- Developing and publishing fresh content. Naturally, social media marketing cannot be successful without regular, fresh content. Plan in time to develop that content, as well – visuals, such as infographics and videos, perform particularly well across networks.
- Curating existing content. On most social networks, marketing is most likely to succeed with multiple posts per day. Building fresh content for each post can be difficult, which is why curation has become so wide-spread. Find already popular content, and add your own spin to it.
- Customer service and engagement. Current customers are increasingly shifting to social for brand engagement, but an astounding 89 percent of the messages they send to brands go unanswered. For your retention efforts, keeping current customers in mind is essential.
- Evaluating and adjusting existing efforts. Ultimately, even the most well-intended strategy can fail if no benchmarks allow for evaluation. What works in theory may not actually be successful in practice. That’s why you need to plan significant time for evaluating your current efforts, down to the individual post level.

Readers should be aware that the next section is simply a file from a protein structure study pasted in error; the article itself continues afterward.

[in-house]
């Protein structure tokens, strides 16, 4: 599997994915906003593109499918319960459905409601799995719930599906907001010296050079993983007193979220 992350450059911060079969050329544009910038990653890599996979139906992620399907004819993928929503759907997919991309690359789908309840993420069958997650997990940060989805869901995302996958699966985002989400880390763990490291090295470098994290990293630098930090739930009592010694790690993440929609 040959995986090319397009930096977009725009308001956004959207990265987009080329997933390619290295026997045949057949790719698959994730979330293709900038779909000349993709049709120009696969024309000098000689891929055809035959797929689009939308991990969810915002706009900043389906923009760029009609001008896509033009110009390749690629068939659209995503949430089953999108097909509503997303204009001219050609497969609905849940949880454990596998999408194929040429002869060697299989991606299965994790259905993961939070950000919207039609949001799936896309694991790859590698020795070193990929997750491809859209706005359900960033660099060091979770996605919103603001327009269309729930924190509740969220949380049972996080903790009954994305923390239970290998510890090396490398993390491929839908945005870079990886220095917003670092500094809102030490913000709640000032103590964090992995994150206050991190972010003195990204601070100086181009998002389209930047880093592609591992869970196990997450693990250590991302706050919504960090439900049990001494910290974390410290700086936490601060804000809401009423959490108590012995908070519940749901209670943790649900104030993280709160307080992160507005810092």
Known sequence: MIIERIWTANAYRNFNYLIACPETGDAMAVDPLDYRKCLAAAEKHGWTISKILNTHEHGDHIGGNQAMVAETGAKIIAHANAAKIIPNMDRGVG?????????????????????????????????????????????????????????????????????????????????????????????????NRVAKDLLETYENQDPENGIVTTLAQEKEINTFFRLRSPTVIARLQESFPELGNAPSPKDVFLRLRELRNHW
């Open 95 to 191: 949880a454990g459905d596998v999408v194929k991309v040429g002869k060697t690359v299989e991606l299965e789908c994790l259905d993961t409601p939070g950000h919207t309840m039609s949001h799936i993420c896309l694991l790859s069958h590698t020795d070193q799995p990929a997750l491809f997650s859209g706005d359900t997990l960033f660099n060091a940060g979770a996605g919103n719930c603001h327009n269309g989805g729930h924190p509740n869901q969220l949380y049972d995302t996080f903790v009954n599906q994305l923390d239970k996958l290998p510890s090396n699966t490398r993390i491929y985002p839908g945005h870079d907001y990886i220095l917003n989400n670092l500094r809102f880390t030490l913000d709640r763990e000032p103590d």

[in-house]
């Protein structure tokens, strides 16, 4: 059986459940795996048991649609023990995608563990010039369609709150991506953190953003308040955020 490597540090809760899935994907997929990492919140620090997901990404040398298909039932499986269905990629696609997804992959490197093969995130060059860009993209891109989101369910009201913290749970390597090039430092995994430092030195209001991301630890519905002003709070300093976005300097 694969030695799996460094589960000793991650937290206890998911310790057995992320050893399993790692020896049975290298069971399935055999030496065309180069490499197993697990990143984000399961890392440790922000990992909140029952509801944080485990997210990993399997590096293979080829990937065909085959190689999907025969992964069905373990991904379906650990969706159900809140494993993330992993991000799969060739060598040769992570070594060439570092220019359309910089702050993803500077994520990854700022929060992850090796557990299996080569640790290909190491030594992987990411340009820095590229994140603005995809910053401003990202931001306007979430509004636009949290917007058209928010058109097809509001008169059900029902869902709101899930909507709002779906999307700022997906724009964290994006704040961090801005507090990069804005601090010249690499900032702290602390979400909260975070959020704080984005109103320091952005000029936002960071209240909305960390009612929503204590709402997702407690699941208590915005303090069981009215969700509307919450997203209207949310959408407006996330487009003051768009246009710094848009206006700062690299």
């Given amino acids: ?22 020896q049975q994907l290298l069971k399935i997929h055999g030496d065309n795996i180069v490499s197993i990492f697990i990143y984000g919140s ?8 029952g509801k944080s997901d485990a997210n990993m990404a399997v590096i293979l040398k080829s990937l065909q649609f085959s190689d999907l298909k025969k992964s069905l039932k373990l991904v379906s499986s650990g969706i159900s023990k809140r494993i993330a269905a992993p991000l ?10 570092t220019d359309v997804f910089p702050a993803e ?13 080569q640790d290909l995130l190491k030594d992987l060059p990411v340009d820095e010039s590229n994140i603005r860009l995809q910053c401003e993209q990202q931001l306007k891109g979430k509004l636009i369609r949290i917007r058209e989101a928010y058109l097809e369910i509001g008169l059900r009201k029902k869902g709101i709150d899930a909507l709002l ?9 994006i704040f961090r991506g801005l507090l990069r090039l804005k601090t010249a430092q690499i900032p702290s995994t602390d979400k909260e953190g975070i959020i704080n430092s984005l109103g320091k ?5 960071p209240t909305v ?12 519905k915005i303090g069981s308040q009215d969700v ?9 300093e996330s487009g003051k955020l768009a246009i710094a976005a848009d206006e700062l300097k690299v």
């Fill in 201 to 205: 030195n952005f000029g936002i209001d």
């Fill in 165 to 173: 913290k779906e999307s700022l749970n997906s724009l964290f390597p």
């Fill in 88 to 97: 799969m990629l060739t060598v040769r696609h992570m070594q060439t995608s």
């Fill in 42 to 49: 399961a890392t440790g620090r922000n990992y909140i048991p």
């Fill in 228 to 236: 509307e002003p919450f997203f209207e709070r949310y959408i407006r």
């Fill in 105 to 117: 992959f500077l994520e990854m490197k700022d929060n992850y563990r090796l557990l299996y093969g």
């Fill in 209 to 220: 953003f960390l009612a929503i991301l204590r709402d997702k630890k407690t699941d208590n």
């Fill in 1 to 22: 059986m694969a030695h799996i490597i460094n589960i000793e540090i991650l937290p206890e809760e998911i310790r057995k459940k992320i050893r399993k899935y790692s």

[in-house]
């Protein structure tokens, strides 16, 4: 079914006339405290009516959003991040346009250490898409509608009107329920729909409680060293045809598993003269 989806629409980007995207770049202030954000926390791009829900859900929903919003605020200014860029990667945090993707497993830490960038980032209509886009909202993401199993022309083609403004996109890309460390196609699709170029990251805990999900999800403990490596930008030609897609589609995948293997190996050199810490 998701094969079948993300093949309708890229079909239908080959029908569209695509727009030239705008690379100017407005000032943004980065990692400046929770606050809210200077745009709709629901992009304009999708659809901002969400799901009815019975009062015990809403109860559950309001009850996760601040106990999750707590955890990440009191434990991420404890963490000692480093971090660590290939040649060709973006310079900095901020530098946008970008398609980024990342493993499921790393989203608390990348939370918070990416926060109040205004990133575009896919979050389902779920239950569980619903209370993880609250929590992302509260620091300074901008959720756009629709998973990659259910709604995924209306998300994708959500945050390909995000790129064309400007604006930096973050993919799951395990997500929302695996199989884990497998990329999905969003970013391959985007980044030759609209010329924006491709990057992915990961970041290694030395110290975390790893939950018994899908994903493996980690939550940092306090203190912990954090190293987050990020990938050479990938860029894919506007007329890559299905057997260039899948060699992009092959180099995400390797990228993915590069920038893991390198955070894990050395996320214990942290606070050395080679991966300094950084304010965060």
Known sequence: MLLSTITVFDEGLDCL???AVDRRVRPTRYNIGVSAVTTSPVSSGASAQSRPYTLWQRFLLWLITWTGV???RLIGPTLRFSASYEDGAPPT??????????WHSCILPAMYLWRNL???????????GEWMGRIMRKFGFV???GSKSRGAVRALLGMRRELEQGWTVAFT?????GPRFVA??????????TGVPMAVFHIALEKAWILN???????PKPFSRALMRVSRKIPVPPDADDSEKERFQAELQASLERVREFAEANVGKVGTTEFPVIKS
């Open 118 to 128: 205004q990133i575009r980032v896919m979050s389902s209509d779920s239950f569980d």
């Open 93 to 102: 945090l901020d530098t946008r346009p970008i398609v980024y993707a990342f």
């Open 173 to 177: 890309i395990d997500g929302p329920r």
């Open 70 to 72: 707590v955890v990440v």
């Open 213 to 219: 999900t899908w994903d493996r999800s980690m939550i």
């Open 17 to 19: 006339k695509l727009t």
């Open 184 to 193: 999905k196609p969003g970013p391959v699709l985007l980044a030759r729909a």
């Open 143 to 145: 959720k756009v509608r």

Which Variables Deserve Further Attention?
Overall, the above five variables will consume most of your social media time. But which actually require the most attention? Simply splitting them up evenly probably doesn’t make much sense; instead, consider a more strategic approach.
Social Media Today, for instance, suggests a heavy emphasis on engaging current customers.
Customer retention is vital to business success, and clients who loudly sing your praises on social media significantly increase your credibility. That warrants a focus on this variable for many expert marketers.
At the same time, don’t underestimate the need for strategy and planning.
Especially if you are just starting out in building a comprehensive digital strategy, this variable could take up a large plurality of your marketing time as you engage in audience research, goal setting, and so on.
When they are just starting out, most marketers spend too much time on fresh content creation.
It’s an undeniably important part of any social media marketing, but should not be the sole focus of your efforts. Instead, balance it with content curation, and make sure your strategic framework is already in place by the time you start.